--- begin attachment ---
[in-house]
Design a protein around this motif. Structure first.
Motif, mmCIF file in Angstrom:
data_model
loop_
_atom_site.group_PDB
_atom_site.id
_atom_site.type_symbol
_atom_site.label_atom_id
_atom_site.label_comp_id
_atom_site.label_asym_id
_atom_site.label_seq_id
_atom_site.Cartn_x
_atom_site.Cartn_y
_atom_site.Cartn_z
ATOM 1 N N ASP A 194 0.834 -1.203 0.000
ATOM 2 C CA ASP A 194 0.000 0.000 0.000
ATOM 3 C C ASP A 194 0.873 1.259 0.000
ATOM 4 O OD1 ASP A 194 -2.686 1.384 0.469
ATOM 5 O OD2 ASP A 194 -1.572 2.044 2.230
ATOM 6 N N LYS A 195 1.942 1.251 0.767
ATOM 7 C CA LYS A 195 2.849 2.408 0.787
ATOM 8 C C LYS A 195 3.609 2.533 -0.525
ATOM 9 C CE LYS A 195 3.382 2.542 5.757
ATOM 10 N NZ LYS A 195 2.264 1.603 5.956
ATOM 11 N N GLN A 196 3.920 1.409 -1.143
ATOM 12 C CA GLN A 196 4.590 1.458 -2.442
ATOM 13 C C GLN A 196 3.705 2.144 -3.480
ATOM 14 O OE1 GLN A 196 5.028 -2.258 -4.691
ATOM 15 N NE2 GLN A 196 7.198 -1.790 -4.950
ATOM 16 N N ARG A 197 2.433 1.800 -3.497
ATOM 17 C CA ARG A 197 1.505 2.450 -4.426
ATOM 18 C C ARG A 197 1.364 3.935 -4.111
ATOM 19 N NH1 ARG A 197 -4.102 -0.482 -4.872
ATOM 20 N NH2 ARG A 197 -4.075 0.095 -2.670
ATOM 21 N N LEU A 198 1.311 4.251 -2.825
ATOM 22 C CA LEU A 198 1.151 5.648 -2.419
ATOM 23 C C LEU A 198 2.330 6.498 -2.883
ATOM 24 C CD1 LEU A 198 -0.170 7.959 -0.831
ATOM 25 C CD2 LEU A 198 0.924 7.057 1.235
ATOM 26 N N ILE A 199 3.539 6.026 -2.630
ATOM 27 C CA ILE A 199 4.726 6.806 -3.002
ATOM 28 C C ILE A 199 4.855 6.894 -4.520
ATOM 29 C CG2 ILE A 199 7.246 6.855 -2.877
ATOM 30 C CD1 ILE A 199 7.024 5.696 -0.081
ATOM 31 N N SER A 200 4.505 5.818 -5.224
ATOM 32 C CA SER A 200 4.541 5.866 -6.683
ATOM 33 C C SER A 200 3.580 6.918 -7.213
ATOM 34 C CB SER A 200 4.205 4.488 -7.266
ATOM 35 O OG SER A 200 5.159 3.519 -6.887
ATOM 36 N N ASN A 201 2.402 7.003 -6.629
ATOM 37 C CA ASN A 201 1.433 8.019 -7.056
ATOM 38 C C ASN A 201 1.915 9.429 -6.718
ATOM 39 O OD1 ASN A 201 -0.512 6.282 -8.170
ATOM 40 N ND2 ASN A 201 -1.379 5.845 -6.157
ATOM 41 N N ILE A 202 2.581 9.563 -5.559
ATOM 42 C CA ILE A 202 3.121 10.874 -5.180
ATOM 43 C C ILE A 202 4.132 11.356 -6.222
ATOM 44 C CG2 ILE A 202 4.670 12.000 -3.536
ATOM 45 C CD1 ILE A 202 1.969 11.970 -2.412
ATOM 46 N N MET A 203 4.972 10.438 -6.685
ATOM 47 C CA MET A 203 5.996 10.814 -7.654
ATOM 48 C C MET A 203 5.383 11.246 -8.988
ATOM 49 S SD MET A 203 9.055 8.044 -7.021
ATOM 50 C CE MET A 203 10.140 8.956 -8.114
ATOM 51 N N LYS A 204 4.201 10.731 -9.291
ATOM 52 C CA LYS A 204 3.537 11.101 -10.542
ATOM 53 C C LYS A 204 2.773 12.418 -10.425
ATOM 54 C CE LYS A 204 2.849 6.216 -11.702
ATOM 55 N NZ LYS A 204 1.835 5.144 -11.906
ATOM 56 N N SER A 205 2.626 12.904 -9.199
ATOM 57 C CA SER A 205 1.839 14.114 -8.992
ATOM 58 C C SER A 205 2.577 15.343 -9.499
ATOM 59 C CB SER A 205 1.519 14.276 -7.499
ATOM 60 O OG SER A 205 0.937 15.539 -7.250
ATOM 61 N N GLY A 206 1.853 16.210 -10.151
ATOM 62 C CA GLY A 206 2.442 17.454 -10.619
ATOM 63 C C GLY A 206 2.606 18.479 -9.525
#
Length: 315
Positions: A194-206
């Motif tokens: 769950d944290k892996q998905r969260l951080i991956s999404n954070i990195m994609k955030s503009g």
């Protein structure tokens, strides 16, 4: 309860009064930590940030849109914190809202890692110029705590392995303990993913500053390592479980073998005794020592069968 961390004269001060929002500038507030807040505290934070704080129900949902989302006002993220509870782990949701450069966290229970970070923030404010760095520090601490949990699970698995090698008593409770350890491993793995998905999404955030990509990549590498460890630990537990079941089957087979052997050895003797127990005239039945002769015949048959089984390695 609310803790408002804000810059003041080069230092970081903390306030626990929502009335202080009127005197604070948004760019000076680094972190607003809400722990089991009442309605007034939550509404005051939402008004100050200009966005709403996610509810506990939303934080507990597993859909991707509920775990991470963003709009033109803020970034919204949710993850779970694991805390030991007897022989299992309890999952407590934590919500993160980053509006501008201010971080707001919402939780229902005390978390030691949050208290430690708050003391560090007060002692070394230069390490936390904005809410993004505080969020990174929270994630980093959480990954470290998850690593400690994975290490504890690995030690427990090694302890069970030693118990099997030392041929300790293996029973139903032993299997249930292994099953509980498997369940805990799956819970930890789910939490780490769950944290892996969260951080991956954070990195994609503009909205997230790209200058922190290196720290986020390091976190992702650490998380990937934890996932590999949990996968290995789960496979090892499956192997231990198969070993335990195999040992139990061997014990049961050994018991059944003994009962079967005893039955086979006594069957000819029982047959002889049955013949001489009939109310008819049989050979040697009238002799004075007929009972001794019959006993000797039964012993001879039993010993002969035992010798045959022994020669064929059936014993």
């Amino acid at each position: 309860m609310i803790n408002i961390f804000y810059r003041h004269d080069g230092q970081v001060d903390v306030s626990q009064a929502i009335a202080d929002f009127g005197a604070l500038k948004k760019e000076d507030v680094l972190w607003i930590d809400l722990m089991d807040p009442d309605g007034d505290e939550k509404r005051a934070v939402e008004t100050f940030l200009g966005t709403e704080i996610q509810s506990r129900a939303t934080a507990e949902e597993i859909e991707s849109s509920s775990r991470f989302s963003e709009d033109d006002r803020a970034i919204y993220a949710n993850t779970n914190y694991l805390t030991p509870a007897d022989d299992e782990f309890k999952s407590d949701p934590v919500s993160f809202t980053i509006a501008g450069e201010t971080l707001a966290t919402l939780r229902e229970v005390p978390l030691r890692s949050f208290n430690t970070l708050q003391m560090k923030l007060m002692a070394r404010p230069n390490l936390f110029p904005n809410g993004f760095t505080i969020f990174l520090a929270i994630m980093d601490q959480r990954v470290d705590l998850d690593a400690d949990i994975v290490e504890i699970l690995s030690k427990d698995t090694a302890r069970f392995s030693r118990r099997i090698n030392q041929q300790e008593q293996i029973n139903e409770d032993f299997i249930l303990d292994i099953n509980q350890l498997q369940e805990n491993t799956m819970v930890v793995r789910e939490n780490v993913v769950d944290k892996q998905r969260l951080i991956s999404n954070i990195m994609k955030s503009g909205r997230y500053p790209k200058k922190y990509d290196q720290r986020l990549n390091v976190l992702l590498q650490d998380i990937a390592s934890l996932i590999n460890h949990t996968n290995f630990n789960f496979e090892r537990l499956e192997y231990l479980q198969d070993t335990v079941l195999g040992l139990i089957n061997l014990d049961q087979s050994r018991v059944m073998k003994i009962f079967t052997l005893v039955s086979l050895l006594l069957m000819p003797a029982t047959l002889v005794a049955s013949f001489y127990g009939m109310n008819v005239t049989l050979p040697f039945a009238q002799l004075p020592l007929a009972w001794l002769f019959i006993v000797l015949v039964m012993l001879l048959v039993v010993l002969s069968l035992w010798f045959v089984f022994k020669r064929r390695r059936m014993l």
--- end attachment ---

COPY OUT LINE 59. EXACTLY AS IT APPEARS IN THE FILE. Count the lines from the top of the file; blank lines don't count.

ATOM 44 C CG2 ILE A 202 4.670 12.000 -3.536